When a vicious regime that has used chemical weapons against its own people and against a neighboring country -- a regime that has no concept of the rule of law and that flagrantly violates its international obligations -- works feverishly to obtain and deploy further weapons of mass destruction, a compelling moral case can be made that this is a matter of an "aggression under way."
The nature of the regime, which is the crucial factor in the moral analysis, makes that plain. It makes no moral sense to say that the U.S. or the international community can only respond with armed force when an Iraqi missile carrying a weapon of mass destruction has been launched, or is being readied for launch.
There are serious questions of prudence here, of course. At the level of moral principle, however, there may be instances when it is not only right to "go first," but "going first" may be morally obligatory. Iraq may well pose one of those instances.
For the record, I fall into the Weigel, Novak, and George camp, and believe that pre-emption, though not mentioned in the Catechism, is not precluded under Just War teaching and may be permissible under the proper circumstances. I believe this position is certainly compatible with Church teaching based on Cardinal Ratzinger's comment that Pope John Paul's opposition to the war in Iraq was not doctrinal. If pre-emptive war were impermissible as a matter of doctrine, Pope John Paul's opposition to the war would have been doctrinal, and Cardinal Ratzinger certainly would have indicated as much.
Tuesday, March 14, 2006
The U.S. Conference of Catholic Bishops ("USCCB") issued their response here, which was critiqued by Diogenes here.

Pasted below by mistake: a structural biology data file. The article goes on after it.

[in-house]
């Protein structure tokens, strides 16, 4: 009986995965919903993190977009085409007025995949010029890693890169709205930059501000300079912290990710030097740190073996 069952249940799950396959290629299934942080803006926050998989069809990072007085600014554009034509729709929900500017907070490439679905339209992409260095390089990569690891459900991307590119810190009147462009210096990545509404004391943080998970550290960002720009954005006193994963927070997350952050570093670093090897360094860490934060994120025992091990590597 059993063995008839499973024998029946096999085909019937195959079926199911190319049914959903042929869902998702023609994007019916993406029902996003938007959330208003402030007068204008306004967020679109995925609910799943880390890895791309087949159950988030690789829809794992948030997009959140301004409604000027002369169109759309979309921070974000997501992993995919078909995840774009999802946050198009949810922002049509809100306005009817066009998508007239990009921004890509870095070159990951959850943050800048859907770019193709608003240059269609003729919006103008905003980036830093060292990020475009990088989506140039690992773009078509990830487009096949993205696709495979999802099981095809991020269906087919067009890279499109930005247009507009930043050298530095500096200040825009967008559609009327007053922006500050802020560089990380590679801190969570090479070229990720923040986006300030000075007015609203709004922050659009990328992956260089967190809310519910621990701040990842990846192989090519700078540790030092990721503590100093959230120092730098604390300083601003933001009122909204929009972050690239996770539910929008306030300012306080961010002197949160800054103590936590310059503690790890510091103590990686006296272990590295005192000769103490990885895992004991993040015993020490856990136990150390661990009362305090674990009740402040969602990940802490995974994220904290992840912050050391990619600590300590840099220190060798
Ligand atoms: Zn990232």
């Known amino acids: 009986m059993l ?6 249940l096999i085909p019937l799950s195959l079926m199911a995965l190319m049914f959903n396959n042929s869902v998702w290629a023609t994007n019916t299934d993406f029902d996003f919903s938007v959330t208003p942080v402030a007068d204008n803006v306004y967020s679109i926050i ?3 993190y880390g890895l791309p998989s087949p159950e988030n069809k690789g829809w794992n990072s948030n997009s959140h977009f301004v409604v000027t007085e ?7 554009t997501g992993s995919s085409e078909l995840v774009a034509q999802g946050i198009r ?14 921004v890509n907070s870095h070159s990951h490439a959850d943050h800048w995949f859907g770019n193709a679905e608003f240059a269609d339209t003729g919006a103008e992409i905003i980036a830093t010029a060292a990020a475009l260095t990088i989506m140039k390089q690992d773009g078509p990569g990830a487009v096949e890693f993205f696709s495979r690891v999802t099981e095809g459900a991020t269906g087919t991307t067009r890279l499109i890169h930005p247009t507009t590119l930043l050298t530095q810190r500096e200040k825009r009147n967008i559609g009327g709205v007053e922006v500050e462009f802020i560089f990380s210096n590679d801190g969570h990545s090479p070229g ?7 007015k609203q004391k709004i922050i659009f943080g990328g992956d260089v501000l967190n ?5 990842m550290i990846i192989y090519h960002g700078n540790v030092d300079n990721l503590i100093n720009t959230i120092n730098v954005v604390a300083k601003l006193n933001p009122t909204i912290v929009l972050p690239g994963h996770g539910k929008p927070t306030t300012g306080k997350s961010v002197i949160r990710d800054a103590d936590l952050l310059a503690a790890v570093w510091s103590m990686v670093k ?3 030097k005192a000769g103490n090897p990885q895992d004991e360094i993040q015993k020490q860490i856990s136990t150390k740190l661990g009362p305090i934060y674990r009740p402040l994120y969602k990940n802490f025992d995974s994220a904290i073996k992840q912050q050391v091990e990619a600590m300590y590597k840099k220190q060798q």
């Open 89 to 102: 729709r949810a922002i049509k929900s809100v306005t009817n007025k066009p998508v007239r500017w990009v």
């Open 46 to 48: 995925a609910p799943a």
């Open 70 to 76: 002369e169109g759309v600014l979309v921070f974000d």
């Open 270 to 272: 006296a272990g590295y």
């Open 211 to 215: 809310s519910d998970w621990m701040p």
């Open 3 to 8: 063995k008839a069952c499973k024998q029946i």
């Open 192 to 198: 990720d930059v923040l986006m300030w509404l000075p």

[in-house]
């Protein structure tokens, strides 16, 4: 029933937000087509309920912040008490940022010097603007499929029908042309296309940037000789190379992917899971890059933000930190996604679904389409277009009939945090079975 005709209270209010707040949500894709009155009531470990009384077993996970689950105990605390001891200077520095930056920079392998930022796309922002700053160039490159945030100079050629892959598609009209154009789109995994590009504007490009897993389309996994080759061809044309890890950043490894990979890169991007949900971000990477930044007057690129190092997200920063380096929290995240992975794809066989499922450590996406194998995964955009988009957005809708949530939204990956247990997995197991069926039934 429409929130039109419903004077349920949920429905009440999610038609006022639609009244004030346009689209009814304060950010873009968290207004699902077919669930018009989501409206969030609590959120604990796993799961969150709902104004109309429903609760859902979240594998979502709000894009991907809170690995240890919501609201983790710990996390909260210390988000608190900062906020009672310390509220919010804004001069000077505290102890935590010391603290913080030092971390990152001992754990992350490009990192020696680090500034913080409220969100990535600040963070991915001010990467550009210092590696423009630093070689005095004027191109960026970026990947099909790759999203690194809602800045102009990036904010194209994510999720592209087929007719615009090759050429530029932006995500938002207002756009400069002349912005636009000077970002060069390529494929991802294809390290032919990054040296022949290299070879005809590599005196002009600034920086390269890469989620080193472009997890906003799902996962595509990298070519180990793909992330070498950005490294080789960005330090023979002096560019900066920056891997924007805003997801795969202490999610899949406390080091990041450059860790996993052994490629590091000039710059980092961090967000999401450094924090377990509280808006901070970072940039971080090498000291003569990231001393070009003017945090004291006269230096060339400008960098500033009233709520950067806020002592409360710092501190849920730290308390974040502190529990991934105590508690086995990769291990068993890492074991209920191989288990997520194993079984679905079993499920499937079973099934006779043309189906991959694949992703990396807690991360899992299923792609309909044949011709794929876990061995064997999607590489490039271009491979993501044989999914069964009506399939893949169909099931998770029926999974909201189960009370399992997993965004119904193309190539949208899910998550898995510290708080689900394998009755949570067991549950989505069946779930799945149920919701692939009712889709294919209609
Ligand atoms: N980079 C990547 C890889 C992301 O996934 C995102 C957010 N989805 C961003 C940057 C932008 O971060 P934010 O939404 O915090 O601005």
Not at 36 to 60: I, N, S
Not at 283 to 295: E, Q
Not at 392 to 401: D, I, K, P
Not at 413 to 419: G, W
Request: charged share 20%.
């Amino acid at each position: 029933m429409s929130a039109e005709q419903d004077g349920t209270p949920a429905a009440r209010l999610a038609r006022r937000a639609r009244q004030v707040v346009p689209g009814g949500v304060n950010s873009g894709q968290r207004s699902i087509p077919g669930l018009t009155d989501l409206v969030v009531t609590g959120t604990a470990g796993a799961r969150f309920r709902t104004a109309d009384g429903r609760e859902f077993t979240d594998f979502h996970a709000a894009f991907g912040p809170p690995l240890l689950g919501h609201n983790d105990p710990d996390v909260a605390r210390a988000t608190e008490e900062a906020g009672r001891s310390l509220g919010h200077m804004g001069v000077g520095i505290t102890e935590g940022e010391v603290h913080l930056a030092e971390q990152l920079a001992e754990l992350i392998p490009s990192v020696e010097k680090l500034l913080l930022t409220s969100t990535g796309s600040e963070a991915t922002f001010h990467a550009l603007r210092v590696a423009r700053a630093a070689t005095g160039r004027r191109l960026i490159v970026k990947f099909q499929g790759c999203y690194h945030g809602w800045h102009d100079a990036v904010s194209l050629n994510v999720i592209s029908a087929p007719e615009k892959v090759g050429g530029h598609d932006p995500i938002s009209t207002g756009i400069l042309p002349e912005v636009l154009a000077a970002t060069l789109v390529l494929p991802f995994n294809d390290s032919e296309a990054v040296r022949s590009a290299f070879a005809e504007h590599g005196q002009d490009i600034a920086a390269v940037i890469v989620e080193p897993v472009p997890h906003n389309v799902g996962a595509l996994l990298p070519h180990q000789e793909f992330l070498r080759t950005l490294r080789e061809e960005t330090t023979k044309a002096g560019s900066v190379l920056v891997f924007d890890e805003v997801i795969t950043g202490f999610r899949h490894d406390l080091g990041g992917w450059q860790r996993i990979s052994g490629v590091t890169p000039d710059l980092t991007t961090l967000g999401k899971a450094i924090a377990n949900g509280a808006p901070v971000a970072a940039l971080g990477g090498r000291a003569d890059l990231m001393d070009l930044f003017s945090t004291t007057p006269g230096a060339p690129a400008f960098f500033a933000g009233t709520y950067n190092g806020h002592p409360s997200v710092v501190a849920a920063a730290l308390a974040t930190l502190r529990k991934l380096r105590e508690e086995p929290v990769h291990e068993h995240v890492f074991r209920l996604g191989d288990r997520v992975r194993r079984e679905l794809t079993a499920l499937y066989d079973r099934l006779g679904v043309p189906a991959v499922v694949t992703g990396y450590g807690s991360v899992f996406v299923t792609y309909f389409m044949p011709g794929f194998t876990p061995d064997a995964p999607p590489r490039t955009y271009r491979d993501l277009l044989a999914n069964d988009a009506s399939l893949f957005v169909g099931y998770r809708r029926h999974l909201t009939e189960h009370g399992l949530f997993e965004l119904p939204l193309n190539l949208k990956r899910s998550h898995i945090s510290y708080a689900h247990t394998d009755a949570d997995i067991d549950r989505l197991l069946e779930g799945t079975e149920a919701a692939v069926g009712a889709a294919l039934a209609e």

Today at NRO, Fr. Thomas Williams, LC, offered his critique of the House Democrats' Statement. Fr. Williams' strong rebuttal is everything that the Bishop's tepid response is not. Here's a sample from Fr. Williams' piece:
All the typical rhetoric is in the "Statement": talk of a "safety net" for those who are "most in need," a commitment to advance "respect for life" and the "dignity of every human being," and of course, protection for "the most vulnerable among us." Unfortunately it is precisely the most vulnerable among us -- voiceless unborn children -- whom the Catholics of the party have sacrificed on the altar of Moloch. If the party would only take its own rhetoric seriously, then the most important social-justice issue of our day would command center stage. There is no indication of that happening any time soon. As a result, Catholics who would otherwise be sympathetic to the Democratic Party reluctantly find themselves obliged to abandon it.